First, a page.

I Want the Best of Both Worlds

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I Want the Best of Both Worlds

Mixing Machine Vision and New AI Capabilities

Written by Ed Goffin, Sr. Marketing Manager at Pleora Technologies.

“I want the best of both worlds.” I don’t think Sammy Hagar was singing about machine vision and AI while fronting Van Halen (as a second-rate replacement for David Lee Roth, but that’s a topic for a whole other blog), but it’s a hot topic for manufacturers.

Undoubtedly, there’s a lot of hype around AI. Trade shows have a heavy emphasis on AI, from companies developing models to more intelligent self-navigating factory floor robotics. Venture capital invested $75 billion in AI startups in 2020. Beyond startups, a number of well-established players in the vision industry — including Pleora — are now applying their machine vision expertise to new AI solutions.

But often the hype around new technologies can be a few leaps ahead of reality for end-users. It’s not unusual, remember that the best technology companies are developing solutions in anticipation of our future needs.

In my opinion, based in part on observation along with a good dose of speculation, we are somewhere between hype and reality for AI and quality inspection. It reminds me of seeing the first-generation iPhone a few months before market launch. I was just barely passed the flip phone stage, still amazed at receiving email on my portable device. Where was the keyboard on this first-gen? Why would I need Internet access on a mobile device, when I had a laptop in my briefcase?

Photo by Mathieu Improvisato on Unsplash

My device was simple to use, comfortable and did the job I needed it to do. Yet, as more users adopted the next generation of mobile devices, I quickly saw gaps in my technology choice. You can see maps on your phone? Browse the web using apps? Wait, there’s a camera with an editor?

Machine vision and AI are similar. Speaking with a number of manufacturers at a recent event, the general consensus because clearer and clearer, “machine vision does a good job”. It has been a proven technology backed by decades of deployments and technology investments. But, as manufacturing becomes more complex and end-users increasingly demand perfection, it has capability gaps.

Rules-based inspection excels until manufacturers are producing products that may have different thresholds for what is considered an error. That may include regional or customized products or products that are graded for different end markets. The traditional rules-based inspection also struggles with irregularities, such as textiles, and metal and glass where reflection is an issue. As a result, manufacturers are dealing with downtime and costs as they complete a secondary inspection following an inconclusive machine vision decision.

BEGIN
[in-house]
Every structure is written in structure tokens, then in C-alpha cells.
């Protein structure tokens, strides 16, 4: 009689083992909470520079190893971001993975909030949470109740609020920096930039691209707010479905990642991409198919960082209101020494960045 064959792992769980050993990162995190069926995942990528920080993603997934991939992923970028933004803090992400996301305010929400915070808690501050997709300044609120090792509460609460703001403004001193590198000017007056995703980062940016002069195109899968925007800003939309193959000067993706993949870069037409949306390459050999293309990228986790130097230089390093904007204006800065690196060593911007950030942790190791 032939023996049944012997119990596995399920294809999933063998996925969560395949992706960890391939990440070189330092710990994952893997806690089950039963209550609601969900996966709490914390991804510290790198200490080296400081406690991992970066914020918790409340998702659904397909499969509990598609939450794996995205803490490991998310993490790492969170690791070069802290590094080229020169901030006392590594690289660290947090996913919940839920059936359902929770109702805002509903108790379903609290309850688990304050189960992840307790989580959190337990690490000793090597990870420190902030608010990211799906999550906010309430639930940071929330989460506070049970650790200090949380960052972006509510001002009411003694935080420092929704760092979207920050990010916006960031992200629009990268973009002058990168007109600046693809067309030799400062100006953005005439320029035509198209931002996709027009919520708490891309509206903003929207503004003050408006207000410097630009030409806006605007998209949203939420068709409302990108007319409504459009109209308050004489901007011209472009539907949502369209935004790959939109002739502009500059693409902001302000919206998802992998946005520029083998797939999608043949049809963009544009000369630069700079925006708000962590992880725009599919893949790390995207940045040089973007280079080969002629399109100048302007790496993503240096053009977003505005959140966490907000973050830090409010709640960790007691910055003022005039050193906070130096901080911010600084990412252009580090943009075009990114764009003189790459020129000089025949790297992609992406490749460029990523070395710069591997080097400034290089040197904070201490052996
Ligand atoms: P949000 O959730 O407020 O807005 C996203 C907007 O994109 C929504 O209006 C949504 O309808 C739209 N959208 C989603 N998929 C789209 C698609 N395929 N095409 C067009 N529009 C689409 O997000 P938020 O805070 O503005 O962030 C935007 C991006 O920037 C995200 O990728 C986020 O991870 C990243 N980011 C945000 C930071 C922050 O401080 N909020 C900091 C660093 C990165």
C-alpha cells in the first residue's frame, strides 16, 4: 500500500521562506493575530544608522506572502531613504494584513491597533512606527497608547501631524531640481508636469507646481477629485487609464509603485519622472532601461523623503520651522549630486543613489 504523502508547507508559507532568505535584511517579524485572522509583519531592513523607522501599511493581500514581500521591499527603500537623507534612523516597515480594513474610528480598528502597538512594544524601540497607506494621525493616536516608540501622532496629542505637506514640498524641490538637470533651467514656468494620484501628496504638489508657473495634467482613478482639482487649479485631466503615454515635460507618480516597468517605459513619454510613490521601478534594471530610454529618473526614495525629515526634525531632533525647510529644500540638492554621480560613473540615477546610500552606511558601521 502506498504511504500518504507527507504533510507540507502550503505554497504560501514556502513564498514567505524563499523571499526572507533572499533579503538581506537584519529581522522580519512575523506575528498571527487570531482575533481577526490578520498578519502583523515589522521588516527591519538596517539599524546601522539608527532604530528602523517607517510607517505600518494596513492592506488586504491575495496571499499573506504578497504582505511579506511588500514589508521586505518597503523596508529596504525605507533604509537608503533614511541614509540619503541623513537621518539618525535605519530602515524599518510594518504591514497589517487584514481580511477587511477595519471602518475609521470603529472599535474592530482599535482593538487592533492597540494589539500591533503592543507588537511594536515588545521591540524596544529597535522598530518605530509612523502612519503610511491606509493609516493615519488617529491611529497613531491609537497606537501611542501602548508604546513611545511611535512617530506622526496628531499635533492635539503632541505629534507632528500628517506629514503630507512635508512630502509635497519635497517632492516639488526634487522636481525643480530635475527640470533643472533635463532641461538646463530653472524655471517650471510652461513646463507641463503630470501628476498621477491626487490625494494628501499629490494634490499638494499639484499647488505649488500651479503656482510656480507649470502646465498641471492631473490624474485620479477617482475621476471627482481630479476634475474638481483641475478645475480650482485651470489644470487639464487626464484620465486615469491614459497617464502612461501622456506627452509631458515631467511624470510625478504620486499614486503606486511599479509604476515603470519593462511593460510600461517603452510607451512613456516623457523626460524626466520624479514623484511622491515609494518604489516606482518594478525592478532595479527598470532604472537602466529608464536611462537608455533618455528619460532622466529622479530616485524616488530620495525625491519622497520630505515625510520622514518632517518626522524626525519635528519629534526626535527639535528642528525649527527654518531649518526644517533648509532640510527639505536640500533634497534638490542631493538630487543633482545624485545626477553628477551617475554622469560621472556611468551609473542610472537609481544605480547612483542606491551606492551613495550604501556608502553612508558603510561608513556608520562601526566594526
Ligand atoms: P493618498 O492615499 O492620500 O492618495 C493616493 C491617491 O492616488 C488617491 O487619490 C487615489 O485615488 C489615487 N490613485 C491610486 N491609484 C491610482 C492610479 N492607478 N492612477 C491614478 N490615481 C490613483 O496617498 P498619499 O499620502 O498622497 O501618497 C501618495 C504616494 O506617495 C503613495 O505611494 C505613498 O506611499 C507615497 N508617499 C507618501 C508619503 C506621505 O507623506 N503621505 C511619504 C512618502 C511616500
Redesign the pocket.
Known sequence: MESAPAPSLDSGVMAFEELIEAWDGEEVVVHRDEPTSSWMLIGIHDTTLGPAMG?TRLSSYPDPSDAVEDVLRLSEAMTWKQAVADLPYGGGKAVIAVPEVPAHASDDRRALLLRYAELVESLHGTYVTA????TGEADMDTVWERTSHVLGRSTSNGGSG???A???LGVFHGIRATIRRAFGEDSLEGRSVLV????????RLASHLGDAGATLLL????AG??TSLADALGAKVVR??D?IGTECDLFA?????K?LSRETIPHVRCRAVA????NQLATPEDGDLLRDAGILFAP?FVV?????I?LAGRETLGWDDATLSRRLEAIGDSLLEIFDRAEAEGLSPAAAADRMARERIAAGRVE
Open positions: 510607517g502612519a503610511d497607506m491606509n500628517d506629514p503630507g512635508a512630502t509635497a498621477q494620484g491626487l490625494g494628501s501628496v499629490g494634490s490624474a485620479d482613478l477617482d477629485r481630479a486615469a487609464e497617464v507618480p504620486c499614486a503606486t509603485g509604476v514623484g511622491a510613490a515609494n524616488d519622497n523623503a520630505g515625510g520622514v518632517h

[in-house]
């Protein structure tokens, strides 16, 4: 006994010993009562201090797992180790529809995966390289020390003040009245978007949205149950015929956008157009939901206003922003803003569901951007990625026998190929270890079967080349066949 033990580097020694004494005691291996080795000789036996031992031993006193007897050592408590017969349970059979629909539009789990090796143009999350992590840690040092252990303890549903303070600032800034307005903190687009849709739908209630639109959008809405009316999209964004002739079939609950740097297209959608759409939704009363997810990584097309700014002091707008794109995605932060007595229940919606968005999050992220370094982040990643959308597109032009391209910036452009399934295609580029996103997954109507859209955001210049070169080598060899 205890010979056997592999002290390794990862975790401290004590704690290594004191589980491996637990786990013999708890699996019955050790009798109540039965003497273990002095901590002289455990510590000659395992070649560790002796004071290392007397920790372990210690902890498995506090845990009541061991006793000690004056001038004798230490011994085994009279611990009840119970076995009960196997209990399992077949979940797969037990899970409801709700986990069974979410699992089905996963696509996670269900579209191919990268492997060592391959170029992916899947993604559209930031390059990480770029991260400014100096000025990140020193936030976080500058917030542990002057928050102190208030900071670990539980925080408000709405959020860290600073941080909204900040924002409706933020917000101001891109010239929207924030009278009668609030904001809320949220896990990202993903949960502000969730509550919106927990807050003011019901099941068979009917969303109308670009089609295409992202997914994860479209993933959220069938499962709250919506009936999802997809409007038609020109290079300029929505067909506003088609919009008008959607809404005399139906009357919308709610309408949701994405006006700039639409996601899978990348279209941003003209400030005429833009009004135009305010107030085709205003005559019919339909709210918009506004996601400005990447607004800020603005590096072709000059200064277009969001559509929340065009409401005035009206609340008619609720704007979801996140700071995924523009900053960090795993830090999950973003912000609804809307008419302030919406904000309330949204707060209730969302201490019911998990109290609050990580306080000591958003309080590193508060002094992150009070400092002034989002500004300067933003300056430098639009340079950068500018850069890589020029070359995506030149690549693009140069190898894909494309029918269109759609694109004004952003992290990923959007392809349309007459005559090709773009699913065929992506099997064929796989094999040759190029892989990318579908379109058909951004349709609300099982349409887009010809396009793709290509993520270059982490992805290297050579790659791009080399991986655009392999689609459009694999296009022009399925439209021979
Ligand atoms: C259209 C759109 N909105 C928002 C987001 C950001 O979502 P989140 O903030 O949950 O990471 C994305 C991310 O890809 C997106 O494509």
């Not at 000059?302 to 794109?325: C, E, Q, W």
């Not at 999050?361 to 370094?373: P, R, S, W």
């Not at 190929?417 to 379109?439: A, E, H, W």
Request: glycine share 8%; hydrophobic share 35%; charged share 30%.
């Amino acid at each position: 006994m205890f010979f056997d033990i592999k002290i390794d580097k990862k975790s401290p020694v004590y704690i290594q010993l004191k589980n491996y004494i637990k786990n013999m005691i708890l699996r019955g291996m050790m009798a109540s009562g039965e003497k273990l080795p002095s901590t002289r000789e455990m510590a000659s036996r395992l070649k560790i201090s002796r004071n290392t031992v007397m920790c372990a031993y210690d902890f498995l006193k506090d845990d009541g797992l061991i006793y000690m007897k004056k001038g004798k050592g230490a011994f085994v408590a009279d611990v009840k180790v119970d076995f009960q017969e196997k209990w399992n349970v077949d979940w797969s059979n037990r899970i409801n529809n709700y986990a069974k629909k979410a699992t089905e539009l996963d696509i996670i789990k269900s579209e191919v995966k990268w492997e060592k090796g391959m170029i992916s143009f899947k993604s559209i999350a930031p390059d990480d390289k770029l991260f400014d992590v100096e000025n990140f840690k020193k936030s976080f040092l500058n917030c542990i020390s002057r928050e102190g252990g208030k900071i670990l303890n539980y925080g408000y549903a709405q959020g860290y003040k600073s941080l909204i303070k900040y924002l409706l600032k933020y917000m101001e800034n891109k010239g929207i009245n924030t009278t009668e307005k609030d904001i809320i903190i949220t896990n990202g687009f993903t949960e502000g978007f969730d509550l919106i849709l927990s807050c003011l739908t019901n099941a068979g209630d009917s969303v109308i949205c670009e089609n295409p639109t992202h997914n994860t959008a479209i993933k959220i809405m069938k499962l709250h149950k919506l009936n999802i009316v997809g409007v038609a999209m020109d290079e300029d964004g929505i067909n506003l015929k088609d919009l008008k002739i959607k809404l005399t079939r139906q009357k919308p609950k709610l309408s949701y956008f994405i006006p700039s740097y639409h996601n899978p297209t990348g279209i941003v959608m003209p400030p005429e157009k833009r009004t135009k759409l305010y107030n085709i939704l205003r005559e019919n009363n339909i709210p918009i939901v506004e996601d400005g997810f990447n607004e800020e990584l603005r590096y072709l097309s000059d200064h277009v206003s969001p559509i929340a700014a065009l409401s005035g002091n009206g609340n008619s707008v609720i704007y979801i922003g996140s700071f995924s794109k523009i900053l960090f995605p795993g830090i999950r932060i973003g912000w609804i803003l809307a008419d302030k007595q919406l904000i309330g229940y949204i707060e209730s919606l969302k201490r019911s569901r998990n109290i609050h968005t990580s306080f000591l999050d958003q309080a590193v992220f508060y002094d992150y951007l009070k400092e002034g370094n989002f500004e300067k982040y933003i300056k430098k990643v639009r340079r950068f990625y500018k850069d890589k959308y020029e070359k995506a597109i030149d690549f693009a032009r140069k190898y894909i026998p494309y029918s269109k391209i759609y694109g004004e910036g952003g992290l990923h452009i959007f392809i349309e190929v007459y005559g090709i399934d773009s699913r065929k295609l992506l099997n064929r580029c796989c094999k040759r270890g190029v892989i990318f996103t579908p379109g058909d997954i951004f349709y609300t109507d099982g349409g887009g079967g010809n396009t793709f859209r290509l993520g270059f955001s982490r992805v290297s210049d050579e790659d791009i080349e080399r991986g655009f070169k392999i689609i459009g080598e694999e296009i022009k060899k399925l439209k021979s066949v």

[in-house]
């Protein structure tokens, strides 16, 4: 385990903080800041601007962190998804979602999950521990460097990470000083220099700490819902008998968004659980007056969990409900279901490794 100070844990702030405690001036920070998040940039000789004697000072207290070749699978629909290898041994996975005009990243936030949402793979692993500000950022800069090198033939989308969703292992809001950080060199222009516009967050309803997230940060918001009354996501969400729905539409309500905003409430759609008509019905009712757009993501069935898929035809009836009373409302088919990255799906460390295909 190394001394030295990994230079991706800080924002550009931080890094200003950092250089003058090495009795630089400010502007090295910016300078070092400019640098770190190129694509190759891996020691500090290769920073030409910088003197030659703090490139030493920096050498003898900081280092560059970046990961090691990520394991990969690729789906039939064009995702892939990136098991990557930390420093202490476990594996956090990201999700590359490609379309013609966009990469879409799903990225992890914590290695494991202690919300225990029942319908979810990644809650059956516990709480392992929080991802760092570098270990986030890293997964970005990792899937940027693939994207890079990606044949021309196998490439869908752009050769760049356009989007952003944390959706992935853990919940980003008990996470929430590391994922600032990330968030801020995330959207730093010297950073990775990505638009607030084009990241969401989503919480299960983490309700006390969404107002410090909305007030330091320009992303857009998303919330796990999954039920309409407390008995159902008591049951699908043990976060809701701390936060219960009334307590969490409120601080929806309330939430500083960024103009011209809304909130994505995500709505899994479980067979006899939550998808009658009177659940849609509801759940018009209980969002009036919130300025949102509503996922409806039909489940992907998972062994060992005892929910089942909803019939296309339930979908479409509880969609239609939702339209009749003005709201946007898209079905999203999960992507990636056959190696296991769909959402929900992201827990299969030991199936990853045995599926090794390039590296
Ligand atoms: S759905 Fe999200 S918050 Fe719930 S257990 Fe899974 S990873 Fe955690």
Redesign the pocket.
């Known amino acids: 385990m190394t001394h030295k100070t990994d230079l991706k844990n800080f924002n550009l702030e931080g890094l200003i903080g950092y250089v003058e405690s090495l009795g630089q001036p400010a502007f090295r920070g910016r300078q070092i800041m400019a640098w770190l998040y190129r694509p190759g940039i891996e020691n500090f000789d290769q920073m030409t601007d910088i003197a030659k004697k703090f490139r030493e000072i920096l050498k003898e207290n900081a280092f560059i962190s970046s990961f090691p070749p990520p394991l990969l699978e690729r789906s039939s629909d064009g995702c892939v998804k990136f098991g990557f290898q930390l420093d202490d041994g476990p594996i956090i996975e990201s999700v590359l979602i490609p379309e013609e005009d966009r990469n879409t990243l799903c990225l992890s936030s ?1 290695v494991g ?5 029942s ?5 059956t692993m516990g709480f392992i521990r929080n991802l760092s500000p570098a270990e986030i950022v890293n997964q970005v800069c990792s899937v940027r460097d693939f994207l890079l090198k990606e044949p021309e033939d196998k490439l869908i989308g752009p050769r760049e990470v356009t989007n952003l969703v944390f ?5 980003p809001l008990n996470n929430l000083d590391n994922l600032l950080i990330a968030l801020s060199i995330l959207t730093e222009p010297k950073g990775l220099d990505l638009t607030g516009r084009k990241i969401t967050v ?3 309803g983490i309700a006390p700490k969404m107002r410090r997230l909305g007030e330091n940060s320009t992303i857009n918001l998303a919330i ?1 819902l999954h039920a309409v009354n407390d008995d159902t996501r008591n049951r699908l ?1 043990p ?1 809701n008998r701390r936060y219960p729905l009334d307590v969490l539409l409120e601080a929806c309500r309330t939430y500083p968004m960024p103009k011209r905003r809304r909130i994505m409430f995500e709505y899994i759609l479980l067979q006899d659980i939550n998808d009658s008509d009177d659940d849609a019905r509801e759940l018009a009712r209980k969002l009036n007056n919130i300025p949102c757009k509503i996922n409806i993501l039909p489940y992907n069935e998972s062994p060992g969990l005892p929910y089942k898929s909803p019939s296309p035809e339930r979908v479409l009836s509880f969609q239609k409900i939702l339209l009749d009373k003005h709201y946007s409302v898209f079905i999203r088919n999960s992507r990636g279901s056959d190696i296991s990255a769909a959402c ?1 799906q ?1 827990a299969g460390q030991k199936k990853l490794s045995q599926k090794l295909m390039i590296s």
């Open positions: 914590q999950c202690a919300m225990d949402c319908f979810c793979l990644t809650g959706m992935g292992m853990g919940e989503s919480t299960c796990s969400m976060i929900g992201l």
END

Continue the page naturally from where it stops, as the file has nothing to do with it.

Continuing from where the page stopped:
AI promises to help fill that gap, primarily by bringing a degree of consistency to those subjective decisions. We’ve had a few customer conversations with textile manufacturers, where a certain level of inconsistency is acceptable, or even desirable depending on the end market. A good example is hardwood flooring, where scratches and defects are unacceptable but a certain amount of grain and inconsistency is desirable. It’s a subjective decision, difficult to program into a rules-based system, but well-suited to a more adaptive AI approach.

So this brings me back to Van Halen. Manufacturers can mix “the best of” machine vision and new AI capabilities with a hybrid AI approach. This means retaining your existing machine vision infrastructure, processing, and end-user applications while taking advantage of new edge processing power to add in AI capabilities.

In this scenario, the AI algorithm is trained and deployed to an edge processing device, which acts as an intermediary between the camera and the host PC. The embedded device “mimics” the camera for existing applications and automatically acquires the images and applies the required AI skills. Processed data is then sent to the inspection application, which receives it as if it were still connected directly to the camera.

Depending on the manufacturer, as a first step, they could begin using AI as a secondary inspection tool by processing imaging data with AI skills in parallel to traditional processing tools. If a defect is detected, processed video from the embedded device can confirm or reject results as a secondary inspection. Images and data can also be used to continue to train the AI model until the manufacturer has complete confidence in the results.

Alongside advanced edge processing, new “no-code” AI algorithm training tools help bypass what has traditionally been time-consuming and potentially expensive steps to train, optimize, and deploy models. With a more intuitive drag-and-drop approach, manufacturers can develop computer vision and AI plug-ins without requiring specialized skills.

You can learn more about hybrid AI in this Whitepaper or download our AI Solutions brochure for an overview of edge processing and algorithm development.

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